You’re expecting a bub. The nursery is ready, baby capsule installed and the pram is waiting for that first trip outside. But the other important thing to have ready before baby’s arrival is your hospital bag. Teeny-tiny unisex white onesies, knot hats, bunny rugs and and ribbed singlets filled my baby bag before my daughter arrived, each item delicately hand-washed. But what if you lived elsewhere in the world? How would your bag be different? Take a peek.
You due date draws near, so what do you put in your maternity bag? That’s the question mums from all corners of the globe were asked. And, while there are many similarities with what mums will take with them as they prepare for birth, the photos reveal the stark difference it makes knowing you’ll have to give birth without clean water.
Every minute a newborn baby dies from infection caused by a lack of safe water and an unclean environment, according to Water Aid. So the photos were captured as part of its Deliver Life appeal – which is trying to raise enough money to deliver safe water to 130,000 mums worldwide. The project is on track to raise more than 5 million pounds ($10,000,000) through donations.
Along with fresh underwear, a loose dress and a cotton throw, Se’ada’s maternity bag contains fabric she can use as a nappy and a towel she can hold her new baby in. It’s her first baby and she admits she’s a little scared.
“At home, we share the tap and toilet with our landlords. The toilet looks like it could collapse any minute,” she says. “But I managed somehow.”
Without safe water, midwives struggle to wash their hands between deliveries and battle to keep wards, medical instruments and bedding clean.
With no safe water at the clinic where she’ll be giving birth in Monze district, mum-to-be Hazel has packed a basin to wash with. She’s also brought black plastic to lay on during her delivery, a barrier between her and unclean sheets.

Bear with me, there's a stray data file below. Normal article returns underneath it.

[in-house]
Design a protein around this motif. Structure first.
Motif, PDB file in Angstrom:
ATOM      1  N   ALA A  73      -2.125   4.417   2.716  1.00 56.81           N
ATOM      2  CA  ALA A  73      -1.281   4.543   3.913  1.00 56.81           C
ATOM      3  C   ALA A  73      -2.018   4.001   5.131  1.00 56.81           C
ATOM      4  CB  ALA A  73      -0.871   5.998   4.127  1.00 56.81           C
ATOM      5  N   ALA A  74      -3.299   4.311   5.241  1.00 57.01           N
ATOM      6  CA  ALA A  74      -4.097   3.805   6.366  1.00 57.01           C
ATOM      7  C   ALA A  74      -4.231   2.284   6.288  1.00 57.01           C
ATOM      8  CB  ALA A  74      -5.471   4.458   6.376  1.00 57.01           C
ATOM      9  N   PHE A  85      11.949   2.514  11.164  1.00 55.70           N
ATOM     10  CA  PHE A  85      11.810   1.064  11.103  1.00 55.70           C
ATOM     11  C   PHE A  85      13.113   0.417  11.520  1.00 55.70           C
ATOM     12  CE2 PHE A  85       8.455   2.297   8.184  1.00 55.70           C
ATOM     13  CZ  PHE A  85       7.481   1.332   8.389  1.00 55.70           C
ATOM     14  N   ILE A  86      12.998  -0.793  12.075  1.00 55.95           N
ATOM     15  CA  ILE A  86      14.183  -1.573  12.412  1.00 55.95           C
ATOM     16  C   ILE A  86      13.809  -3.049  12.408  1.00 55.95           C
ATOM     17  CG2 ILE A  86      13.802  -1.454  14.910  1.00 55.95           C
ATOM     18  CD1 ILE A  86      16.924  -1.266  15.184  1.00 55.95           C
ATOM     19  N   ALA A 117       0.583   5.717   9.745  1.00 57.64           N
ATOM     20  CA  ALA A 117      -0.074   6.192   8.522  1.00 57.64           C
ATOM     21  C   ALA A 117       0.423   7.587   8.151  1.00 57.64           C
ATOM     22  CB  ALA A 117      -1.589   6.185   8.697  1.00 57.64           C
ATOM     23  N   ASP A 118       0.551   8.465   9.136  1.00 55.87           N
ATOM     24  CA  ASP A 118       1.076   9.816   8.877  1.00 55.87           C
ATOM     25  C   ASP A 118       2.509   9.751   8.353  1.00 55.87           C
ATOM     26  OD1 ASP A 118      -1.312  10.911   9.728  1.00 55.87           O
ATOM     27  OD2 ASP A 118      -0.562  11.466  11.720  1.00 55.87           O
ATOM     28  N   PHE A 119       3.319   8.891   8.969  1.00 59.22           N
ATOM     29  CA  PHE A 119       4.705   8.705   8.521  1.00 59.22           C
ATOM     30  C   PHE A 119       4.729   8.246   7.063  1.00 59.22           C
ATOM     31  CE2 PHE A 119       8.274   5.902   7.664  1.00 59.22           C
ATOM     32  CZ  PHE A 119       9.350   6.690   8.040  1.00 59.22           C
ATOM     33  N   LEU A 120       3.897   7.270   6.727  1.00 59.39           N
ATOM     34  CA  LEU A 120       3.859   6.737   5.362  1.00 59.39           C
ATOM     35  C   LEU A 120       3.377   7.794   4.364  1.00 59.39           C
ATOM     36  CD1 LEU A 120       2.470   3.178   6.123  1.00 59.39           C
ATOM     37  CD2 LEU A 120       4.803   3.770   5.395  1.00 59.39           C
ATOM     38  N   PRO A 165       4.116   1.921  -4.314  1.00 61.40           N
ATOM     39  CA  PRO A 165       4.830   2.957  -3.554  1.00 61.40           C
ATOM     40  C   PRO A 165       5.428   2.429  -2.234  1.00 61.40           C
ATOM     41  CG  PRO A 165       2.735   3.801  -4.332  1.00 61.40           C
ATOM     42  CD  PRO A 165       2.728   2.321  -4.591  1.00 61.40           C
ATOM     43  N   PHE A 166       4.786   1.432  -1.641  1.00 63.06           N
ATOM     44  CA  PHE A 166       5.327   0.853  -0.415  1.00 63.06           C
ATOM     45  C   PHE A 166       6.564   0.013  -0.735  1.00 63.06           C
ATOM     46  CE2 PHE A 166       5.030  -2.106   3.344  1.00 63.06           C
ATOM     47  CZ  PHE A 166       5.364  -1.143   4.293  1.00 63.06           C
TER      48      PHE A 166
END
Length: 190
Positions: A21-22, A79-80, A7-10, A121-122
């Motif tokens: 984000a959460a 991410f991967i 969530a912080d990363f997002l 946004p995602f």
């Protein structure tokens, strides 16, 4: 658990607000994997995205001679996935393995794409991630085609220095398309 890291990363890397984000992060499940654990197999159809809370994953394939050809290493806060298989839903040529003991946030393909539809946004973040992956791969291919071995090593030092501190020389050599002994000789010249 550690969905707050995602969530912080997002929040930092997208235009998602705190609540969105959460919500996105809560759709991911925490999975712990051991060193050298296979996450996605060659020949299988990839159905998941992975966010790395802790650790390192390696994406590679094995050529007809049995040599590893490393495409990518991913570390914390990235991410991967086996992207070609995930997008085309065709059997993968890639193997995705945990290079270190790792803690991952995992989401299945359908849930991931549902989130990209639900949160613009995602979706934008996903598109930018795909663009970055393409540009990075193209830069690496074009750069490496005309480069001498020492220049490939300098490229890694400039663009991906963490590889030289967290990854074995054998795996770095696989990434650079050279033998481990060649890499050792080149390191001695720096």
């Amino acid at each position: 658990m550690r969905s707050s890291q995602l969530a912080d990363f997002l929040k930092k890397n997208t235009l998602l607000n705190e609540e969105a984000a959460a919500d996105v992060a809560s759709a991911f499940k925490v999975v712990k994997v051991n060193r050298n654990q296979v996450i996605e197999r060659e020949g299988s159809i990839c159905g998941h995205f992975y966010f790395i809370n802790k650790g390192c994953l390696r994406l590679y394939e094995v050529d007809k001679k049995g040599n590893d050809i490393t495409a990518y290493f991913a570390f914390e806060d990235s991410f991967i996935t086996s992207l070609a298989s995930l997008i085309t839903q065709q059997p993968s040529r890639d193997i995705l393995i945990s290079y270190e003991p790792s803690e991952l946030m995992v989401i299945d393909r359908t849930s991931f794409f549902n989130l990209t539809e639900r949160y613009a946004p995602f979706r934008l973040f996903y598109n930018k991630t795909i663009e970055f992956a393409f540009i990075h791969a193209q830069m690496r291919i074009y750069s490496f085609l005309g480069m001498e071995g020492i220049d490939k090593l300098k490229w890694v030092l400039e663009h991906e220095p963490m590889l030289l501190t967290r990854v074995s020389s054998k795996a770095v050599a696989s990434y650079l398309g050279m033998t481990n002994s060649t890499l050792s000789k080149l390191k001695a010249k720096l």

“We have a borehole at the clinic but there’s no running water in the maternity ward,” Hazel says.
Deanna is hoping to give birth naturally, so her maternity bag is full of items to help her deal with the pain – including a music player, coconut and lavender oils and Arnica Gel.
“You want the best for your baby. It’s devastating to think about dangers such as contaminated water and unhygienic facilities,” she says. “I am very fortunate to live within walking distance of a hospital. Being pregnant certainly heightens your awareness of how lucky we are to have access to great birthing facilities and clean water.”
Zaituni arrived at Kiomboi hospital on a motorcycle her husband rented especially. She was carrying a basin, a bucket and some clothes for herself to wear.
“The baby has no clothes. We are just wrapping her with cloths. When they are dirty, my sister washes them. The water is not safe. It looks milky,” says Zaituni.
After a complicated delivery, Zaituni developed sepsis, a potentially deadly infection that can be caused by unclean water. Antibiotics and a drug infusion helped her recover.
In the UK, Joanna (top) says her maternity bag is like a welcome gift, giving her baby the best start.
“The most important thing in the bag is the blanket. It’s the same one my mum brought me home in,” Joanna says. “My sister suggested bringing something to make it easier to drink water during the labour, so I have packed a water bottle. I will bring it empty — I’m assuming the hospital will have somewhere I can fill it.”
(via Water Aid, all images via Water Aid)